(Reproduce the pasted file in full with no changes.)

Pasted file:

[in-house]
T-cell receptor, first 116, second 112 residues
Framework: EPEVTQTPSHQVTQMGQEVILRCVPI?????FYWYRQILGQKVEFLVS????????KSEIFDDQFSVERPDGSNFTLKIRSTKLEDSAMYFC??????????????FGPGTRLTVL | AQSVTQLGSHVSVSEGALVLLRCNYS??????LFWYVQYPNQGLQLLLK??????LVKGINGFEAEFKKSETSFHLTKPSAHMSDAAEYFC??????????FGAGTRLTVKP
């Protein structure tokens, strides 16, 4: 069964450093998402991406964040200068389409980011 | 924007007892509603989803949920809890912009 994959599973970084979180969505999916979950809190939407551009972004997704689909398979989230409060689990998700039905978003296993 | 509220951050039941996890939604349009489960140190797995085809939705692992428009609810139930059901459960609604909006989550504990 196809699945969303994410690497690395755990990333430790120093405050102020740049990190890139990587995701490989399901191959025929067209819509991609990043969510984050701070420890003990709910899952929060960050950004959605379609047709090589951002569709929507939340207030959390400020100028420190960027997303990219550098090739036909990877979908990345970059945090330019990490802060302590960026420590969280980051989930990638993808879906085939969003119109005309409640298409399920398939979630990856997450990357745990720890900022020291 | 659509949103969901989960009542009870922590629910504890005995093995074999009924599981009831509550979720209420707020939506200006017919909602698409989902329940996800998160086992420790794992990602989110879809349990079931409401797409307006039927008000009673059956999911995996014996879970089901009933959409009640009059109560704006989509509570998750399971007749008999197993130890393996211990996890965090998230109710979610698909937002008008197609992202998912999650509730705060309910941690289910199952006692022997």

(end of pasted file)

[in-house]
T-cell receptor, first 116, second 112 residues
Framework: EPEVTQTPSHQVTQMGQEVILRCVPI?????FYWYRQILGQKVEFLVS????????KSEIFDDQFSVERPDGSNFTLKIRSTKLEDSAMYFC??????????????FGPGTRLTVL | AQSVTQLGSHVSVSEGALVLLRCNYS??????LFWYVQYPNQGLQLLLK??????LVKGINGFEAEFKKSETSFHLTKPSAHMSDAAEYFC??????????FGAGTRLTVKP
């Protein structure tokens, strides 16, 4: 069964450093998402991406964040200068389409980011 | 924007007892509603989803949920809890912009 994959599973970084979180969505999916979950809190939407551009972004997704689909398979989230409060689990998700039905978003296993 | 509220951050039941996890939604349009489960140190797995085809939705692992428009609810139930059901459960609604909006989550504990 196809699945969303994410690497690395755990990333430790120093405050102020740049990190890139990587995701490989399901191959025929067209819509991609990043969510984050701070420890003990709910899952929060960050950004959605379609047709090589951002569709929507939340207030959390400020100028420190960027997303990219550098090739036909990877979908990345970059945090330019990490802060302590960026420590969280980051989930990638993808879906085939969003119109005309409640298409399920398939979630990856997450990357745990720890900022020291 | 659509949103969901989960009542009870922590629910504890005995093995074999009924599981009831509550979720209420707020939506200006017919909602698409989902329940996800998160086992420790794992990602989110879809349990079931409401797409307006039927008000009673059956999911995996014996879970089901009933959409009640009059109560704006989509509570998750399971007749008999197993130890393996211990996890965090998230109710979610698909937002008008197609992202998912999650509730705060309910941690289910199952006692022997």